News writing is a funny old practice. On the surface it may seem the simplest of tasks to knock together 250 words on the guinea pig robbery down the road (disclaimer: not a true story), but in fact there are several rules and conventions that need to be obeyed when putting pen to paper.
It’s a way of writing that can sometimes be tricky to get your head around at first, and the best way to get the hang of it (as with the rest of journalism) is by getting out there and doing it, but in the meantime here are a few top tips to get you started.
1: Find the ‘hook’
The first (and probably most important) stage of news writing is finding the ‘hook’ into the story, the most newsworthy important fact or event that will make up your intro and grab the reader’s attention.
And while sometimes the hook can jump straight out at you, quite often it can be a little bit more difficult especially if it’s hidden away in the depths of a press release!
One way we were taught to find our hook is by imagining we were telling the story to someone on the bus in a single sentence. And yes, before you ask I did go to university in the North, where conversation on public transport can break out at any time.
2: Use the ‘inverted pyramid’ structure
Now several of you may be wondering what the Egyptians could possibly have to say about newswriting, whereas any newswriting veterans reading this know exactly what I’m talking about.
Basically, use your imagination to flip a pyramid on its head, split it into segments, and then fill the segments with the various components of your news story, like so:
Keep your paragraphs short (one sentence) and ordered, with important information at the top end, tapering down to more superficial details towards the end of the story. Don’t make the mistake of writing it like a feature and leaving a cliffhanging detail or shocking development until the end.
Personally I also like to use a strong quote no later than three/four paragraphs into the story, which validates the story and helps to break up the monologue of dry statements.
3: Listen to the story; don’t set your own agenda
It can be really easy to fall into a trap that snares even the most experienced journalist: setting the agenda for a news story in your head before researching the details or talking to a single source. Yes, many stories will be as straightforward as they seem, but others won’t be!
Sometimes you’ll think you know which direction a story is going, only for a source to say something which turns the whole thing on its head, or for a bit of research to uncover a whole new layer.
Take the (entirely fictional) guinea pig robbery from earlier. On first glance it may be a straightforward piece about pet thievery, but what happens when a neighbour tells you that the owners had been reported to the RSPCA multiple times recently? Or that a strange snuffling sound can be heard from an upstairs bedroom?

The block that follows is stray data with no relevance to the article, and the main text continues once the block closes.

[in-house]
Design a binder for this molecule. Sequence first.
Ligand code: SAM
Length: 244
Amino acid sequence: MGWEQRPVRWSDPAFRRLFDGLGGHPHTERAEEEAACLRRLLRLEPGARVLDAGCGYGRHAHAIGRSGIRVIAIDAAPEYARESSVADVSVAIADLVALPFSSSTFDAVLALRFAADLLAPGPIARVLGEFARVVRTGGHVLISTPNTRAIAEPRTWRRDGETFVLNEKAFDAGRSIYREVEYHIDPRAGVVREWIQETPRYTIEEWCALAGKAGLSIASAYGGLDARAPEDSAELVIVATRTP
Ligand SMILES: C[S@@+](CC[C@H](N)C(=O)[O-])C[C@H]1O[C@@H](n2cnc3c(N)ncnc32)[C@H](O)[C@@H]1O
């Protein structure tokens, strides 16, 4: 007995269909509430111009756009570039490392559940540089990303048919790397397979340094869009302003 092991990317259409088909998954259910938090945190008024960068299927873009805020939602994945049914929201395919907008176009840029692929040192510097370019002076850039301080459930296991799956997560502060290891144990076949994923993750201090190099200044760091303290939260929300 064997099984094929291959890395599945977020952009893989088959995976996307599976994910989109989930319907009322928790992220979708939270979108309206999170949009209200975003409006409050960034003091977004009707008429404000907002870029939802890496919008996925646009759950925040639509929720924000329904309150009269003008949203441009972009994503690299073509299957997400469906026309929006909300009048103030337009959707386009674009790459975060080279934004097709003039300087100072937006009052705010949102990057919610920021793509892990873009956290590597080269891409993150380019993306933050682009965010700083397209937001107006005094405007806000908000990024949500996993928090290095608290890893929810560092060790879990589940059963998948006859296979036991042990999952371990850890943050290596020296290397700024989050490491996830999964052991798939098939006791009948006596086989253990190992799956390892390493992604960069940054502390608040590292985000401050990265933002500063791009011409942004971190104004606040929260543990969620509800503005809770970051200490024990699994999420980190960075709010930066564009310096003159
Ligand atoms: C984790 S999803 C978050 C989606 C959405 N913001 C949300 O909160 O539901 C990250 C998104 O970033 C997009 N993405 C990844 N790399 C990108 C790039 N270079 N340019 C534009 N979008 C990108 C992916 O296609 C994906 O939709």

Ok, perhaps this example may have gotten out of hand, but you get the idea: don’t pre-judge a story and write your own agenda!
4: Don’t be inebriated with your own ostentatiousness
Long story short, keep your news writing sweet and simple, no matter how tempting it is to display your newly-expanded repertoire of verbs and adjectives.
News stories should be as simple to read as possible, with functional rather than flowery language simply telling the story without any unnecessary bells and whistles (perhaps an exception to this is when writing for a specialist publication, where certain bits of jargon may be acceptable and even necessary)
And if you don’t believe me, perhaps George Orwell (he of Animal Farm and 1984 fame) can convince you:
5: Remember your platform
Now while all the previous tips are pretty universal for any type of news writing, and can be applied across multiple platforms (print, online, TV, radio etc), writing for these different media formats can require tweaks to your writing.
For example, imagine you are writing for a regional newspaper, and have to write the now-famous guinea pig robbery story for the paper’s print and online platforms.
Now in the online version SEO is probably vital, so cramming as many key words and locations into the intro paragraph is probably encouraged. However this is often not necessary in print (as either the area is obvious given the newspaper location) or the location is purposely left until later in the story to keep people reading.
And now imagine that the guinea pig story has gone viral (how could it not), and suddenly is being covered by the local TV news broadcast. If you happened to be writing the script for the newsreader you would again have to alter your writing to suit the platform.
So there are just a few top tips for setting out to write a news story, but are by no means the only ones to follow. Do you have any more advice for other wannabes wanting to sharpen up their newswriting skills? Leave us a comment below or tweet us @wannabehacks